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Hum Pathol. 1991 Apr;22(4):339-48.

The role of the endoscopic biopsy in the diagnosis of gastric lymphoma: a morphologic and immunohistochemical reappraisal.

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Department of Pathology, Instituto Nacional de la Nutricion, Salvador Zubiran, Mexico City, Mexico.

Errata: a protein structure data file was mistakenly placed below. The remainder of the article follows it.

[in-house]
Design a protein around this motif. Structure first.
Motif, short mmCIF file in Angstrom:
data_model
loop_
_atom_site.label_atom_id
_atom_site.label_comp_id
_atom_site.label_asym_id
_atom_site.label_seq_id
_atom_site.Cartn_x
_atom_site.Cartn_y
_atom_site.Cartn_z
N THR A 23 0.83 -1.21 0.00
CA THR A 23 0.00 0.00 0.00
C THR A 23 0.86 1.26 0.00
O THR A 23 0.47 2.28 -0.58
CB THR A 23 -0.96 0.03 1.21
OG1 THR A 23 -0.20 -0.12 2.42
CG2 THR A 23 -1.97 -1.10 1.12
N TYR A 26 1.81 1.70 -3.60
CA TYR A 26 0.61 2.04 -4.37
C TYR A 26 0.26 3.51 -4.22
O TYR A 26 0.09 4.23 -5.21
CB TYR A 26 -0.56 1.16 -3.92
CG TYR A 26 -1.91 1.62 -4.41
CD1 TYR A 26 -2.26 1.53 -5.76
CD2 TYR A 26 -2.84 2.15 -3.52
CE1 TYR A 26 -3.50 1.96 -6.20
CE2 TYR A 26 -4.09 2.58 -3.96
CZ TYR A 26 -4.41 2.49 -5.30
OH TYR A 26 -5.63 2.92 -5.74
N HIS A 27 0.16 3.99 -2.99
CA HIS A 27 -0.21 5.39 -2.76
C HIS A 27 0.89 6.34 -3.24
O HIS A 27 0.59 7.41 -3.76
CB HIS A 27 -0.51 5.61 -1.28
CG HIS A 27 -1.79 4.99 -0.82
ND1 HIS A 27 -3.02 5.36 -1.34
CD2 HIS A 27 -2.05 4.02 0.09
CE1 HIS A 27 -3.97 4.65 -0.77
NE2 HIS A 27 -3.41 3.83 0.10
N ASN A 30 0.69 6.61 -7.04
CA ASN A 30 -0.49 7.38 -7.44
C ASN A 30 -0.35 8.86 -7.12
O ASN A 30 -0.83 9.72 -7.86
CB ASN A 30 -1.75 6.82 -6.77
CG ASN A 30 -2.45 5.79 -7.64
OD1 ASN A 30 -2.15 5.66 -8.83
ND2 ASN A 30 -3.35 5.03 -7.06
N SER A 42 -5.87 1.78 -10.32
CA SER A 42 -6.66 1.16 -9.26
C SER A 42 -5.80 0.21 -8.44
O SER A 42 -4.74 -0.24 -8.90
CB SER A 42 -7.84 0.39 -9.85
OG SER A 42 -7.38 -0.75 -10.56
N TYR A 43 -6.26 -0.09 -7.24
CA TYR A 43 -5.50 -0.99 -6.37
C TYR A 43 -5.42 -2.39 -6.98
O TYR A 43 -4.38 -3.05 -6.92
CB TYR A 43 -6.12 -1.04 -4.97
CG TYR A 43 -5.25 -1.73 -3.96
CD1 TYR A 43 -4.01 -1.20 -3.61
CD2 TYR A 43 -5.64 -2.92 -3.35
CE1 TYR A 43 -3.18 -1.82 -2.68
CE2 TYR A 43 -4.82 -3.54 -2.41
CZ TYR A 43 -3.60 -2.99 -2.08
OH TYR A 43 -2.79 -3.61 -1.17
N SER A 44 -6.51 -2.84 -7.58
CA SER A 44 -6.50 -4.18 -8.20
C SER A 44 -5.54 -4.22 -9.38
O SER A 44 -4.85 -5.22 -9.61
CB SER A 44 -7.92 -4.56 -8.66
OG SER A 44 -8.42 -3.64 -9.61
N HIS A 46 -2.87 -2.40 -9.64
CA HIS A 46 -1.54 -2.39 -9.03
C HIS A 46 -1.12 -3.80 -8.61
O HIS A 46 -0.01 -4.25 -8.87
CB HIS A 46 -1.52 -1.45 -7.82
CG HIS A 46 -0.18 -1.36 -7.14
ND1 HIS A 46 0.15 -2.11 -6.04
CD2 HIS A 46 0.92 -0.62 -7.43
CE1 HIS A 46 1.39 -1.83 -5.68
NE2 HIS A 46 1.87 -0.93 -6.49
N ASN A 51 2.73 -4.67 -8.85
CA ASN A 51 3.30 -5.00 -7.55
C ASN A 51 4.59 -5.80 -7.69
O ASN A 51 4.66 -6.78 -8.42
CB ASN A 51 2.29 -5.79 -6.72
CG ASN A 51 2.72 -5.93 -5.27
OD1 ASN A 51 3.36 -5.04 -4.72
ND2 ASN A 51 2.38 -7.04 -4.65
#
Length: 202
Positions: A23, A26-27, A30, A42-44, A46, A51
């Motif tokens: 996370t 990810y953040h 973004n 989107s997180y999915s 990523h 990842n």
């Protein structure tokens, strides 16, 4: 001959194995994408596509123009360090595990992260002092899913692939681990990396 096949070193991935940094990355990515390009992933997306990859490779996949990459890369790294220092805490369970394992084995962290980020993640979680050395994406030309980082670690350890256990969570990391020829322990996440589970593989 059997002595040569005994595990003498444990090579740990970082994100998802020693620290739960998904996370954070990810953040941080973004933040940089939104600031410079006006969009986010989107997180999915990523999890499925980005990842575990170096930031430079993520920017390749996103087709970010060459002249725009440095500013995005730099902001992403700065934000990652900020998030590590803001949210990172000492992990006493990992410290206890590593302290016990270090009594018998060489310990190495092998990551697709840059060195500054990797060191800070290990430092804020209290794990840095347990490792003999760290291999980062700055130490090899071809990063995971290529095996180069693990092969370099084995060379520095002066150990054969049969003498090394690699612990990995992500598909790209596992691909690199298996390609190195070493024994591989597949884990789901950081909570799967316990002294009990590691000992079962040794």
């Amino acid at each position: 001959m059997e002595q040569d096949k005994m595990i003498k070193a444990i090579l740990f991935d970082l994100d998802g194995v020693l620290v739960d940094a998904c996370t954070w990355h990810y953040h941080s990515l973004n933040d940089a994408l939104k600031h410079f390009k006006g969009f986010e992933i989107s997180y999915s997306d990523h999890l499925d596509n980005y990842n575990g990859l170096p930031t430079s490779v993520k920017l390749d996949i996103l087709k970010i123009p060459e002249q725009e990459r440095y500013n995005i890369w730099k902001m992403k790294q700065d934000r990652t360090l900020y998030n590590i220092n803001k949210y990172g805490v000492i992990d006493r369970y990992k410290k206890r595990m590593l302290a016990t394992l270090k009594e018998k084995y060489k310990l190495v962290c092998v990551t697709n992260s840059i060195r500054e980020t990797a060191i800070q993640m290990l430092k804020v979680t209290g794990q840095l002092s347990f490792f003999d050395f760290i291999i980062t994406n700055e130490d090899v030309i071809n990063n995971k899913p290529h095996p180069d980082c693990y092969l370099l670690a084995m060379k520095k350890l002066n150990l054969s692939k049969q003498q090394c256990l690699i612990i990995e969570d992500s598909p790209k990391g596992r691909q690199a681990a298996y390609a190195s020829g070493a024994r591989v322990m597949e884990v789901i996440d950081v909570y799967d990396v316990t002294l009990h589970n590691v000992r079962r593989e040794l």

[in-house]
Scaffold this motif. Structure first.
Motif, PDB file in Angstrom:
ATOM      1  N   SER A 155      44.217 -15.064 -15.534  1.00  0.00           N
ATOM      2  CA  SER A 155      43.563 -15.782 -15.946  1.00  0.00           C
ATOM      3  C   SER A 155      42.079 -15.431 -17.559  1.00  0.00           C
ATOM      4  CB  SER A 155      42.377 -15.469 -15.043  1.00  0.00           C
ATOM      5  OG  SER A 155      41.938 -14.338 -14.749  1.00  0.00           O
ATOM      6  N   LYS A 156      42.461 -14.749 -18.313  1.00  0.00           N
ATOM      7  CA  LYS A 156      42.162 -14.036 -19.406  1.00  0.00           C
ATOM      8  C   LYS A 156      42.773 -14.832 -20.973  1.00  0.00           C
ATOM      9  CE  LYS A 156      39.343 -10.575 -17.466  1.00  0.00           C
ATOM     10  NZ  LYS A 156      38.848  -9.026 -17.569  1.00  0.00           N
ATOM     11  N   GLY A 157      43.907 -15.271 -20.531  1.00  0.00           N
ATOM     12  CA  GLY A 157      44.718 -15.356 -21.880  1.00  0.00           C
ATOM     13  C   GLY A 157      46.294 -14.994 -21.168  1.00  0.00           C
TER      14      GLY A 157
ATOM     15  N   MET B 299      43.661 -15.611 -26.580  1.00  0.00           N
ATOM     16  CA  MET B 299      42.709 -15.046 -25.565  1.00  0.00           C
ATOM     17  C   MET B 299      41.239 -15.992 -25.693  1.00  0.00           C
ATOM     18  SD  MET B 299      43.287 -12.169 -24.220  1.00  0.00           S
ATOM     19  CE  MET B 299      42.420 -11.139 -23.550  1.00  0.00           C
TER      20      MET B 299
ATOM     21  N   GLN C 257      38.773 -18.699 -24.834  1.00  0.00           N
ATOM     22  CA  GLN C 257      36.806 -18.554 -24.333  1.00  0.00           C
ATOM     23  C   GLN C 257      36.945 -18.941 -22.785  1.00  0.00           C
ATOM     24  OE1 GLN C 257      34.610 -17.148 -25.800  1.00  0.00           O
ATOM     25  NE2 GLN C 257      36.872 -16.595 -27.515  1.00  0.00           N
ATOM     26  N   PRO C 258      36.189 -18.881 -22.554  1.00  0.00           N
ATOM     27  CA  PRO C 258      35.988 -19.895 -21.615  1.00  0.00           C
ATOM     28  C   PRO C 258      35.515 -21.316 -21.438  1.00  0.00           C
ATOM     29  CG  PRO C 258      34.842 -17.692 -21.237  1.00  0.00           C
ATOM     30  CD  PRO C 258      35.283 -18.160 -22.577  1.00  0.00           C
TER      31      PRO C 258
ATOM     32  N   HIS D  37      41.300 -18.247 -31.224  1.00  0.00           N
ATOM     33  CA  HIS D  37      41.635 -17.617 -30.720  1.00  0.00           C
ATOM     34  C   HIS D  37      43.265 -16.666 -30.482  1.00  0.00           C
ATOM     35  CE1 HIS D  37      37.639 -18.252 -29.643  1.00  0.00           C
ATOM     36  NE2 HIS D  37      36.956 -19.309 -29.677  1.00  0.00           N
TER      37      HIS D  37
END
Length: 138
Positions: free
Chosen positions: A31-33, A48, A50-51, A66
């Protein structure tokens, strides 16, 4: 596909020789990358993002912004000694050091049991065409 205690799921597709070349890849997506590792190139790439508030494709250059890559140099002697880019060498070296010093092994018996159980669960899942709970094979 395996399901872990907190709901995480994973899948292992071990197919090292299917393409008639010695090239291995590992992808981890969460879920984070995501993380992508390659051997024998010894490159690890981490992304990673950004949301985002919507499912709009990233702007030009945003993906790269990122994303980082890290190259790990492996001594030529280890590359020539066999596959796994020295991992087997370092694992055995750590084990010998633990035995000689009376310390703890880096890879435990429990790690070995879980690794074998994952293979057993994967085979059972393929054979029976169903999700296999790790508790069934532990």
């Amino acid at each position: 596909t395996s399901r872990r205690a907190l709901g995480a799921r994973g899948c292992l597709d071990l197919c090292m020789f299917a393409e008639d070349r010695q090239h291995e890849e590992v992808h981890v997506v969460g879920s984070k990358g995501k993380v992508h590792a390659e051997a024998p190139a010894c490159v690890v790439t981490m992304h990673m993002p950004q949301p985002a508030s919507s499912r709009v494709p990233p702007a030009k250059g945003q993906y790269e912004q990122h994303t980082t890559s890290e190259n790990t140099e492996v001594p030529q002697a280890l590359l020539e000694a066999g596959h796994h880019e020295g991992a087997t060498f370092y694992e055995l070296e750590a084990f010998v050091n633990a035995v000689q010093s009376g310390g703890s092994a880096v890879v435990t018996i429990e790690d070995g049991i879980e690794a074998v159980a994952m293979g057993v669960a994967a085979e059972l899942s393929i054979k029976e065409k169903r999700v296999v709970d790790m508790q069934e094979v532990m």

Forty-three endoscopic biopsies from 29 patients with confirmed gastric lymphoma (GL) were analyzed retrospectively to establish the morphologic criteria of greatest diagnostic significance. An average of 10 tissue samples was obtained at each endoscopy. In 44% of the cases, lymphoma was discovered in only one or two of the tissue portions. Eighteen lymphomas were primary, six were probably primary, and five were generalized. The diagnosis of lymphoma was originally suspected or established in 46% of the biopsies. However, a review of the histologic sections indicated that the changes, either diagnostic of or compatible with lymphoma, were present in 75% and 18% of the sections, respectively. Most diagnostic errors consisted of confusion with diffuse lymphoid infiltrates in chronic gastritis and/or peptic ulcer, and less frequently with poorly differentiated carcinoma. In those cases confused with chronic gastritis or peptic ulcer, biopsies showed centrocyte-like cells of the standard type or small lymphocytes which produced: (1) a marked increase in density of the lymphoid infiltrate in the gastric mucosa, (2) massive substitution of gastric glands by lymphoid infiltration, and (3) a collection of lymphocytes infiltrating and partially destroying isolated glands (lymphoepithelial lesion). From 48 biopsies having intense benign lymphoid infiltrates, three were interpreted (by means of a blinded study) as compatible with GL. In poorly differentiated neoplasms (blastic and pleomorphic types), cytologic features were sufficient to diagnose GL or malignant neoplasms; immunohistochemical techniques were useful to define their lymphoid nature. It is concluded that many GLs can be suspected or correctly diagnosed by routine endoscopic biopsy.

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